Committing to a System and Organization Control (SOC) 2 examination is an exciting endeavor. Your SOC 2 report can differentiate your organization as one who takes the security of your customer data seriously. However, with this powerful tool comes common misunderstandings about the process and factors that could hinder the success of your audit.
So how can you best prepare? Like mapping out an itinerary for an upcoming vacation or creating a menu prior to a dinner party, planning ahead can help you avoid common mistakes and ensure your organization is on the path to reach your security and compliance goals.
SOC Reports Explained
SOC examinations are a popular way to audit your organization and report on the effectiveness of your controls. A SOC report builds trust with your customers and stakeholders and develops your organization’s reputation.
BARR’s SOC services currently include: SOC 1, SOC 2, SOC 3, and SOC for Cybersecurity. Within each examination, your organization can obtain a Type 1 or Type 2 report. Type 1 reports, referred to as point-in-time reports, test the design of your controls on a specific date. Type 2 reports are audited throughout a three-to-12 month period.
Specifically, SOC 2 reports are based on the AICPA’s five trust services criteria. While security is the only required category, you can select from the remaining criteria to best fit your organization’s needs:
- Security (required)
- Processing Integrity
Common Mistakes Made Prior to a SOC 2 Report
We sat down with Cameron Kline, manager of cyber risk advisory at BARR, to discuss his opinion on best practices when preparing for your SOC 2 audit. Read his insight on four common mistakes organizations make prior to starting their audit and what you can do to avoid them.
1.) Not Assigning Roles (and to the Right People)
Before starting your SOC 2 audit, it’s extremely important to assign specific roles to the right people. While BARR works as your trusted partner, you’ll be responsible for maintaining communication during your audit and designating the appropriate person to share relative information.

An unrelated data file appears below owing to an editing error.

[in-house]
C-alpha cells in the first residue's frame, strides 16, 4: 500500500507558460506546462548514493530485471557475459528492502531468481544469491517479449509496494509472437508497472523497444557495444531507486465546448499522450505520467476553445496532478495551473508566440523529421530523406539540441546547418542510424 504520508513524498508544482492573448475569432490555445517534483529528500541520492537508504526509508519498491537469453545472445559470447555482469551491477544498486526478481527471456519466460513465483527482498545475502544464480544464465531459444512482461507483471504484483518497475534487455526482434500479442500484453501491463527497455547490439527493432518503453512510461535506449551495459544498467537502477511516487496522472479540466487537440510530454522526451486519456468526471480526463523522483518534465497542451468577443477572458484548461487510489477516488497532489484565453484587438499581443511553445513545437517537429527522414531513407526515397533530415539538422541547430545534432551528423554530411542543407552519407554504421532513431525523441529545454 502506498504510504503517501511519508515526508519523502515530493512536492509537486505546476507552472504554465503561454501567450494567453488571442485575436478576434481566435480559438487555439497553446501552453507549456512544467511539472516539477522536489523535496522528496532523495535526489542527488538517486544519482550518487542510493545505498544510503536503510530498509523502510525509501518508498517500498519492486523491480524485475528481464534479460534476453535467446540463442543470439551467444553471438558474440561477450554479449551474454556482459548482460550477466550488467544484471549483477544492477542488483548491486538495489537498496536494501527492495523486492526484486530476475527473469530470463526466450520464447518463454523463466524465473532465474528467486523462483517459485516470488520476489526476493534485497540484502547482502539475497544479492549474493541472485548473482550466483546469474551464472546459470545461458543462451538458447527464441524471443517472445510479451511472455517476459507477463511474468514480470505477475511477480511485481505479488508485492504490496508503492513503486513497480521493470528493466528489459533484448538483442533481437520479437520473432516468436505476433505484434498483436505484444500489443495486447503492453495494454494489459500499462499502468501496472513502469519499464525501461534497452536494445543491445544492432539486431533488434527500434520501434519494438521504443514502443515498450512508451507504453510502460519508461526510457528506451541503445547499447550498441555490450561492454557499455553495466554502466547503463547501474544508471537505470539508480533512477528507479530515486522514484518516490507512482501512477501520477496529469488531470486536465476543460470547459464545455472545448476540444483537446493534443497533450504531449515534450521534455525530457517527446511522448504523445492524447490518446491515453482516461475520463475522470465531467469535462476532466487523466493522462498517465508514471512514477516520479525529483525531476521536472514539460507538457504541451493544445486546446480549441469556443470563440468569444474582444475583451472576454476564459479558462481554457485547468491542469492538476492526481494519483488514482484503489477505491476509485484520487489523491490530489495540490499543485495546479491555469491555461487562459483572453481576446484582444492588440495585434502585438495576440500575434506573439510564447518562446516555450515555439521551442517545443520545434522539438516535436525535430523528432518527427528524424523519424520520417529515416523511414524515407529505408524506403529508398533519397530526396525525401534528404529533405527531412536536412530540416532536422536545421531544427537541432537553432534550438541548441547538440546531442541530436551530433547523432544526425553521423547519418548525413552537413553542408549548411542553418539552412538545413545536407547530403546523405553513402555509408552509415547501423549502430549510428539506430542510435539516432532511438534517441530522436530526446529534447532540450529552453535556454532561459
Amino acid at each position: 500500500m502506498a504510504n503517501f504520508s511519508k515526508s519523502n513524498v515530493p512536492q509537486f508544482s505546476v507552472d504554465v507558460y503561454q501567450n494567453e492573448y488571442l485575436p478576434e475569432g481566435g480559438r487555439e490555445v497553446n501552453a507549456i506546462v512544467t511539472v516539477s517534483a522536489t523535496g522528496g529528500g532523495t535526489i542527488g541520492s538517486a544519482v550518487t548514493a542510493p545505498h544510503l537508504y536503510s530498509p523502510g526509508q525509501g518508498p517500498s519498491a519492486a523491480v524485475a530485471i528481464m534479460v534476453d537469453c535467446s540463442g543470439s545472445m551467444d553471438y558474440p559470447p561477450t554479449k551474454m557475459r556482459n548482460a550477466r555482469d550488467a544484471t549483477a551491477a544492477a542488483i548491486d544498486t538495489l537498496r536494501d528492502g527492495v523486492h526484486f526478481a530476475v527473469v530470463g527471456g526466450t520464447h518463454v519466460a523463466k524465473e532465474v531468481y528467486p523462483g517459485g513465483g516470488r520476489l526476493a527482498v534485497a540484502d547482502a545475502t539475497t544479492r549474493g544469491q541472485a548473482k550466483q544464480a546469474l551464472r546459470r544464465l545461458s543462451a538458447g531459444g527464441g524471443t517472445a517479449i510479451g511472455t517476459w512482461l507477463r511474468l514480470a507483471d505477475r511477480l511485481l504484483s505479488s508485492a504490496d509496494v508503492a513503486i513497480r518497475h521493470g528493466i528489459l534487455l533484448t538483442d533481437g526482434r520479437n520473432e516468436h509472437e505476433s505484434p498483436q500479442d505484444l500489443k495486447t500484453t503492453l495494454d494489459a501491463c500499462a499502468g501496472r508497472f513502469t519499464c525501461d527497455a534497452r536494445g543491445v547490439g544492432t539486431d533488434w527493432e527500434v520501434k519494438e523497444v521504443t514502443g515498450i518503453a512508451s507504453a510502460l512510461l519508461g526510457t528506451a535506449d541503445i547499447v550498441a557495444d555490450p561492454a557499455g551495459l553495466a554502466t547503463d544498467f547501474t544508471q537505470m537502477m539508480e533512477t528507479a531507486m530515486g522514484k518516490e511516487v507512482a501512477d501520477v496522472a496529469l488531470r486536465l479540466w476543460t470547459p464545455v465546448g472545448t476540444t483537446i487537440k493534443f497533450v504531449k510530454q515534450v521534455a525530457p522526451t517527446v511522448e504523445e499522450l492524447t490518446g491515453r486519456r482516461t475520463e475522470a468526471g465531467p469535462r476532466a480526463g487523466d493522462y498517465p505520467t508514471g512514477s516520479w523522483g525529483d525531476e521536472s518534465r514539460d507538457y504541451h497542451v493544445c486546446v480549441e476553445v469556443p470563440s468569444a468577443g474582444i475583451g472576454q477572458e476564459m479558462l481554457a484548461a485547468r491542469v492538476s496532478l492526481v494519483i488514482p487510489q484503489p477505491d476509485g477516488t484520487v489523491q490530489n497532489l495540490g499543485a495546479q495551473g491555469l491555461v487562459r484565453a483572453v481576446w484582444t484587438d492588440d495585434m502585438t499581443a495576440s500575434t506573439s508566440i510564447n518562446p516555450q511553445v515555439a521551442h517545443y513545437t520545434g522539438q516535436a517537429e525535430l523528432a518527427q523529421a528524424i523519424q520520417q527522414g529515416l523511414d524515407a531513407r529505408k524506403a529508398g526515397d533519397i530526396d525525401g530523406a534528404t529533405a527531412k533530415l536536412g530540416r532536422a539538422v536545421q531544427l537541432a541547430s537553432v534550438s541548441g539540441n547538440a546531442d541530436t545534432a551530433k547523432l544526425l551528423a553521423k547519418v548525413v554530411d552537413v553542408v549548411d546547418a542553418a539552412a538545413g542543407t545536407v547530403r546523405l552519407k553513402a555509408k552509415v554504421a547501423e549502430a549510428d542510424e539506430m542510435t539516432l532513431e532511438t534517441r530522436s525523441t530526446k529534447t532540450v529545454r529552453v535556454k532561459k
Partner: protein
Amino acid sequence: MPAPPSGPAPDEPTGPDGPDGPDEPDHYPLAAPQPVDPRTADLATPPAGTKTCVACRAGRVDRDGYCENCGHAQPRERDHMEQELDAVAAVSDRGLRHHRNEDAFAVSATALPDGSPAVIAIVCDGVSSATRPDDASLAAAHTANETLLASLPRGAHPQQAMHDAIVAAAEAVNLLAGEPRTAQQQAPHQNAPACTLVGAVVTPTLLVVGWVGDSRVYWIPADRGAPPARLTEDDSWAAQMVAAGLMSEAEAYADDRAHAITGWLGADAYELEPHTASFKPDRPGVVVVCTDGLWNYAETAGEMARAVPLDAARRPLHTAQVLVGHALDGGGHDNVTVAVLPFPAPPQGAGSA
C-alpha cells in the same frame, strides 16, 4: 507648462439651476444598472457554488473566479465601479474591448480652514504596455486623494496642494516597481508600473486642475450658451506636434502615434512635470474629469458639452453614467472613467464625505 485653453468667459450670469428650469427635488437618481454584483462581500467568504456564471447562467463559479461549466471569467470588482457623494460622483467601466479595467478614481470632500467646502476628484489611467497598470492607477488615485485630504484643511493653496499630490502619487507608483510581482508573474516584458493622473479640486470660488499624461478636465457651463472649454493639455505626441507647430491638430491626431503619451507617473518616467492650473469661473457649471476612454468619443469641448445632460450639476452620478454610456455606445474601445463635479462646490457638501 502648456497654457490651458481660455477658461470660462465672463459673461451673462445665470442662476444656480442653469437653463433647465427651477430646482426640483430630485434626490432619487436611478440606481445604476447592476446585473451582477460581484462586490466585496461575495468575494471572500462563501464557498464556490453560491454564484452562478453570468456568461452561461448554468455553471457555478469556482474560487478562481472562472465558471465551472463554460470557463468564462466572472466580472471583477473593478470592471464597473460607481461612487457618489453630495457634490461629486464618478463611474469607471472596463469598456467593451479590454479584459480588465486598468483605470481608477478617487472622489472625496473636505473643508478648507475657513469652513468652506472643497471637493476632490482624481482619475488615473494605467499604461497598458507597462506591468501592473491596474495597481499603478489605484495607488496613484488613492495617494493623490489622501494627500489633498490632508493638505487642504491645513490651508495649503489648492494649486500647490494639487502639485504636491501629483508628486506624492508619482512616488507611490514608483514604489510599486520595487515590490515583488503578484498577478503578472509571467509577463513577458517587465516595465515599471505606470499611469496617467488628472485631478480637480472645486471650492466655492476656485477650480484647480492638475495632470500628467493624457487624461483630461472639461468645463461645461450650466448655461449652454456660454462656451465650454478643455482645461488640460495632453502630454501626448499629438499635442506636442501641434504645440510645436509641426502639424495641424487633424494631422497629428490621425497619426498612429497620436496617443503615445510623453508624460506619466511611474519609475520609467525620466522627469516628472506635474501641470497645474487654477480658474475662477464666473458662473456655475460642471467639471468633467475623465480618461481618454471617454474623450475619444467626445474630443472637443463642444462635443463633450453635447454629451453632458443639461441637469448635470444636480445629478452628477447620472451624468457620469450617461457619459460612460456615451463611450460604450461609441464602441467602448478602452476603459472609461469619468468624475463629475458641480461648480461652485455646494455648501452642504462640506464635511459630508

“Not having the correct people in place can lead to delays and exceptions,” said Kline. “It’s helpful for the people who know your controls best to serve at the forefront of your audit journey. Since they are the ones working with your controls on a day-to-day basis, it will help to assign them as lead or project manager for when the time comes to answer pertinent questions about your organization.”
Here are a few tips to assigning roles prior to your audit:
- Create a plan and confirm expectations with your teammates beforehand to ensure you’re organized and ready to dive into your audit with BARR.
- Select the right people for the right job so communication will flow smoothly and the correct information is being transferred.
- Designate a project manager who can serve as the sounding board and organizer for your team, saving time and avoiding miscommunication.
2.) Opting Out of the Readiness Assessment
The readiness period of your SOC 2 audit prepares your organization’s policies and procedures so your assessment runs smoothly. Readiness assessments test the controls that will be examined during your audit, and your engagement lead will provide recommendations for remediation.
Benefits of conducting your readiness assessment include:
- Initial testing of controls
- Recommendations for remediation
- Remediation of issues
- Reduces chances of unexpected control gaps
Even if this is your first time approaching a SOC examination or your organization isn’t ready to complete a readiness assessment, it’s helpful to have a game plan in place. BARR works with you to determine what controls and systems should be tested and guides you through each step of the way.